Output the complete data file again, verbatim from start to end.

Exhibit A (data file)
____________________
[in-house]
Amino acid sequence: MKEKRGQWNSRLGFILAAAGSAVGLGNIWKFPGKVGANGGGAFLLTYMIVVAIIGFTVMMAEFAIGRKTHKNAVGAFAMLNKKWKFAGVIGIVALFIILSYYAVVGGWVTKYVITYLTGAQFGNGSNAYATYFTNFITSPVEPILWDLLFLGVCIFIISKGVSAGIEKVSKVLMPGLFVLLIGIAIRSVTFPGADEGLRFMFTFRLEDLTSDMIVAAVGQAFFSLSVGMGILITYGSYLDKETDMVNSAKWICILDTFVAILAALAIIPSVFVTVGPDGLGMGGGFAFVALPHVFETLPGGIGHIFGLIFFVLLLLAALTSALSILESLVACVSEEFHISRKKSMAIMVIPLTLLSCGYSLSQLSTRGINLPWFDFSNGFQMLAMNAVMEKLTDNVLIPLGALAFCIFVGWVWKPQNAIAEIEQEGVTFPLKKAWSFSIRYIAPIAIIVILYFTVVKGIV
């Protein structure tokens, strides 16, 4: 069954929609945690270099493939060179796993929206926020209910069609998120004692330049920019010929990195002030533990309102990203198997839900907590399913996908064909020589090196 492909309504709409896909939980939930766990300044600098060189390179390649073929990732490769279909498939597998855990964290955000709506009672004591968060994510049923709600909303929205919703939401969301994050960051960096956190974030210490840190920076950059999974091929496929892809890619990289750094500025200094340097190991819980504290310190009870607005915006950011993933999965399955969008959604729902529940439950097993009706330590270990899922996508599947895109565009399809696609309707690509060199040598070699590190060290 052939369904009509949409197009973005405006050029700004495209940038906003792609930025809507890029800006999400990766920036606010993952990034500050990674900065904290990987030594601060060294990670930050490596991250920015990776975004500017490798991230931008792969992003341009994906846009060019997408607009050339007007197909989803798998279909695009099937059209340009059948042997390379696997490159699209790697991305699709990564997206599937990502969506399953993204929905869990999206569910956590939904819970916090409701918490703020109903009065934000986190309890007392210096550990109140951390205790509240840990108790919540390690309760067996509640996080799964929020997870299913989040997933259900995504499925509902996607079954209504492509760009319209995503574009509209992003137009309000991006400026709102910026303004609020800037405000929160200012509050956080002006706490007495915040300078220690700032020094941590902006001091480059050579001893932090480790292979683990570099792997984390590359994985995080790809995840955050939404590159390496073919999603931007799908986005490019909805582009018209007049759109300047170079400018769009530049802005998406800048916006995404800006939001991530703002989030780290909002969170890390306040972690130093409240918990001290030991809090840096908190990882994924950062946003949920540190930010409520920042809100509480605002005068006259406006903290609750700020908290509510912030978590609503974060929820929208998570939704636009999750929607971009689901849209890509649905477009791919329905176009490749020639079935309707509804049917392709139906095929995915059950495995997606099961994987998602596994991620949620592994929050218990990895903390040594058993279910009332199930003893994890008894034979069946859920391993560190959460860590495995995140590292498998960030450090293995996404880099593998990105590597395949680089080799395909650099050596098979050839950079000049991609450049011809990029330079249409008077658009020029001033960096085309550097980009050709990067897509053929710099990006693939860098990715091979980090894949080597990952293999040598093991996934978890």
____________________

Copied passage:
[in-house]
Amino acid sequence: MKEKRGQWNSRLGFILAAAGSAVGLGNIWKFPGKVGANGGGAFLLTYMIVVAIIGFTVMMAEFAIGRKTHKNAVGAFAMLNKKWKFAGVIGIVALFIILSYYAVVGGWVTKYVITYLTGAQFGNGSNAYATYFTNFITSPVEPILWDLLFLGVCIFIISKGVSAGIEKVSKVLMPGLFVLLIGIAIRSVTFPGADEGLRFMFTFRLEDLTSDMIVAAVGQAFFSLSVGMGILITYGSYLDKETDMVNSAKWICILDTFVAILAALAIIPSVFVTVGPDGLGMGGGFAFVALPHVFETLPGGIGHIFGLIFFVLLLLAALTSALSILESLVACVSEEFHISRKKSMAIMVIPLTLLSCGYSLSQLSTRGINLPWFDFSNGFQMLAMNAVMEKLTDNVLIPLGALAFCIFVGWVWKPQNAIAEIEQEGVTFPLKKAWSFSIRYIAPIAIIVILYFTVVKGIV
């Protein structure tokens, strides 16, 4: 069954929609945690270099493939060179796993929206926020209910069609998120004692330049920019010929990195002030533990309102990203198997839900907590399913996908064909020589090196 492909309504709409896909939980939930766990300044600098060189390179390649073929990732490769279909498939597998855990964290955000709506009672004591968060994510049923709600909303929205919703939401969301994050960051960096956190974030210490840190920076950059999974091929496929892809890619990289750094500025200094340097190991819980504290310190009870607005915006950011993933999965399955969008959604729902529940439950097993009706330590270990899922996508599947895109565009399809696609309707690509060199040598070699590190060290 052939369904009509949409197009973005405006050029700004495209940038906003792609930025809507890029800006999400990766920036606010993952990034500050990674900065904290990987030594601060060294990670930050490596991250920015990776975004500017490798991230931008792969992003341009994906846009060019997408607009050339007007197909989803798998279909695009099937059209340009059948042997390379696997490159699209790697991305699709990564997206599937990502969506399953993204929905869990999206569910956590939904819970916090409701918490703020109903009065934000986190309890007392210096550990109140951390205790509240840990108790919540390690309760067996509640996080799964929020997870299913989040997933259900995504499925509902996607079954209504492509760009319209995503574009509209992003137009309000991006400026709102910026303004609020800037405000929160200012509050956080002006706490007495915040300078220690700032020094941590902006001091480059050579001893932090480790292979683990570099792997984390590359994985995080790809995840955050939404590159390496073919999603931007799908986005490019909805582009018209007049759109300047170079400018769009530049802005998406800048916006995404800006939001991530703002989030780290909002969170890390306040972690130093409240918990001290030991809090840096908190990882994924950062946003949920540190930010409520920042809100509480605002005068006259406006903290609750700020908290509510912030978590609503974060929820929208998570939704636009999750929607971009689901849209890509649905477009791919329905176009490749020639079935309707509804049917392709139906095929995915059950495995997606099961994987998602596994991620949620592994929050218990990895903390040594058993279910009332199930003893994890008894034979069946859920391993560190959460860590495995995140590292498998960030450090293995996404880099593998990105590597395949680089080799395909650099050596098979050839950079000049991609450049011809990029330079249409008077658009020029001033960096085309550097980009050709990067897509053929710099990006693939860098990715091979980090894949080597990952293999040598093991996934978890």